Economic effect of GEE coefficient

I am trying to calculate the economic significance/ magnitude of the coefficient of my independent variable:

I am using a GEE model (stata 14) to regress my dependent variable Y on my independent variable X and control variales.

The following GEE options are used:

Link: log
Falimy: gamma
Correlation (of my dependent variale):ar2


The coefficient of my independent variable x is 0,238.

My questions are the following:

When I want to interpret the economic significance of my coefficient, do I procede the same way as a coefficient of an OLS regression? Hence, can I use the coefficient of my X to calculate the changes in my dependent variable Y to one-standard deviation increase of X? Or do I first need to alter the coefficient of my X in order to properly calculate the economic significance?

I found the following related postings which suggest that the interpretation of my X-coefficient through GEE is the same as a normal OLS, only that they should be considered as an "average" coefficient for the whole population: Interpretation of GEE coefficients, Interpreting ordinal GEE coefficients, or here Interpreting a longitudinal generalized estimating equations beta cofficients, which states that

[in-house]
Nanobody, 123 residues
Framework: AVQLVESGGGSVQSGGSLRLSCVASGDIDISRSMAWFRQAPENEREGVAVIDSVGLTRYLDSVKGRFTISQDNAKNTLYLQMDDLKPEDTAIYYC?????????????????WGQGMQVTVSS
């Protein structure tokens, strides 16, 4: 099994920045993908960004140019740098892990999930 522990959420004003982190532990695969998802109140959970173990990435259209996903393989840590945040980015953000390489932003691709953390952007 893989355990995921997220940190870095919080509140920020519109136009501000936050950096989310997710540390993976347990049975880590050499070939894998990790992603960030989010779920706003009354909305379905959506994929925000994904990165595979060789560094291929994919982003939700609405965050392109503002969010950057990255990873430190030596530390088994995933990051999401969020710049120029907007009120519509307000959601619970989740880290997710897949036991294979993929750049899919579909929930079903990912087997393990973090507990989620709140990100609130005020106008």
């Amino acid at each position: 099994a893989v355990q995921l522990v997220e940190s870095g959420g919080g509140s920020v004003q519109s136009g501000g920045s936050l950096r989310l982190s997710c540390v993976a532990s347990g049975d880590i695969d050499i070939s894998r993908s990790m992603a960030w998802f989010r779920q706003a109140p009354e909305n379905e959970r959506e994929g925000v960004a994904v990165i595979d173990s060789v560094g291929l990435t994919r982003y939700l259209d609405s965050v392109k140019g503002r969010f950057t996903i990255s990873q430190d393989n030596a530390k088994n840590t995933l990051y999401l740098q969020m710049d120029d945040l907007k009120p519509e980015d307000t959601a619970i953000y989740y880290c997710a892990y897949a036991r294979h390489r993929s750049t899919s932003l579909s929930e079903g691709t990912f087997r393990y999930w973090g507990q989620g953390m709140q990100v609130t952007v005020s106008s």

The betas are very similar in interpretation to those from OLS, but for a population average. This suggests that to calculate the economic significance, I can use the coefficient of my X generated through GEE and treat it as an OLS coefficient?!

However, I have found the following from Ballinger (2004):

Because the log link function was specified, interpretation of the value of the parameter estimates requires that they be exponentiated by taking the log of the β coefficient estimates.

Does this mean, my first suggestion is false, and I first need to calculate the exponentiated value of my coefficient:

exp(0,238)


Thank you a lot in advance.

Ballinger (2004) Using Generalized Estimating Equations for Longitudinal Data Analysis, Organizational Research Methods, Vol 7, Issue 2